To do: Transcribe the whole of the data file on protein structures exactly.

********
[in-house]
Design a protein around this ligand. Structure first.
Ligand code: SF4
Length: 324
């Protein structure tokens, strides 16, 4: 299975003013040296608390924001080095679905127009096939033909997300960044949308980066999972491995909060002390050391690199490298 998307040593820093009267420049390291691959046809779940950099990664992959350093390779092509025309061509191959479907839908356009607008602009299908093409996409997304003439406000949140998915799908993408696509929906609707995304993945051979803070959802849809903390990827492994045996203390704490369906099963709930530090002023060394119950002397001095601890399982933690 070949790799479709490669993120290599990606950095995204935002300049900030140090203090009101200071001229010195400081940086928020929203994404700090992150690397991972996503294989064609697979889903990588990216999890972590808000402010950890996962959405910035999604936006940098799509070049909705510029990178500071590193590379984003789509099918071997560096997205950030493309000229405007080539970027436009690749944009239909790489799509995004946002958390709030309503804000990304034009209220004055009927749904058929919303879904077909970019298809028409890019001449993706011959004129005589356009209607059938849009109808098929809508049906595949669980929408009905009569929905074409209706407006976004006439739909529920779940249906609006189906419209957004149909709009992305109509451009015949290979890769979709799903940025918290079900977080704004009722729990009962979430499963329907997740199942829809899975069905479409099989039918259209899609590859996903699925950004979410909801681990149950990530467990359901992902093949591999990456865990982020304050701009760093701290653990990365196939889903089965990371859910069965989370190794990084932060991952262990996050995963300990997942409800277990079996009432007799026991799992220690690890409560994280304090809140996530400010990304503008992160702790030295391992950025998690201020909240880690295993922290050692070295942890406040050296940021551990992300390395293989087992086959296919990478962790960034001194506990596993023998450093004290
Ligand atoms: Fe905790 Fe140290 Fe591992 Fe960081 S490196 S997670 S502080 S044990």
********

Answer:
[in-house]
Design a protein around this ligand. Structure first.
Ligand code: SF4
Length: 324
């Protein structure tokens, strides 16, 4: 299975003013040296608390924001080095679905127009096939033909997300960044949308980066999972491995909060002390050391690199490298 998307040593820093009267420049390291691959046809779940950099990664992959350093390779092509025309061509191959479907839908356009607008602009299908093409996409997304003439406000949140998915799908993408696509929906609707995304993945051979803070959802849809903390990827492994045996203390704490369906099963709930530090002023060394119950002397001095601890399982933690 070949790799479709490669993120290599990606950095995204935002300049900030140090203090009101200071001229010195400081940086928020929203994404700090992150690397991972996503294989064609697979889903990588990216999890972590808000402010950890996962959405910035999604936006940098799509070049909705510029990178500071590193590379984003789509099918071997560096997205950030493309000229405007080539970027436009690749944009239909790489799509995004946002958390709030309503804000990304034009209220004055009927749904058929919303879904077909970019298809028409890019001449993706011959004129005589356009209607059938849009109808098929809508049906595949669980929408009905009569929905074409209706407006976004006439739909529920779940249906609006189906419209957004149909709009992305109509451009015949290979890769979709799903940025918290079900977080704004009722729990009962979430499963329907997740199942829809899975069905479409099989039918259209899609590859996903699925950004979410909801681990149950990530467990359901992902093949591999990456865990982020304050701009760093701290653990990365196939889903089965990371859910069965989370190794990084932060991952262990996050995963300990997942409800277990079996009432007799026991799992220690690890409560994280304090809140996530400010990304503008992160702790030295391992950025998690201020909240880690295993922290050692070295942890406040050296940021551990992300390395293989087992086959296919990478962790960034001194506990596993023998450093004290
Ligand atoms: Fe905790 Fe140290 Fe591992 Fe960081 S490196 S997670 S502080 S044990």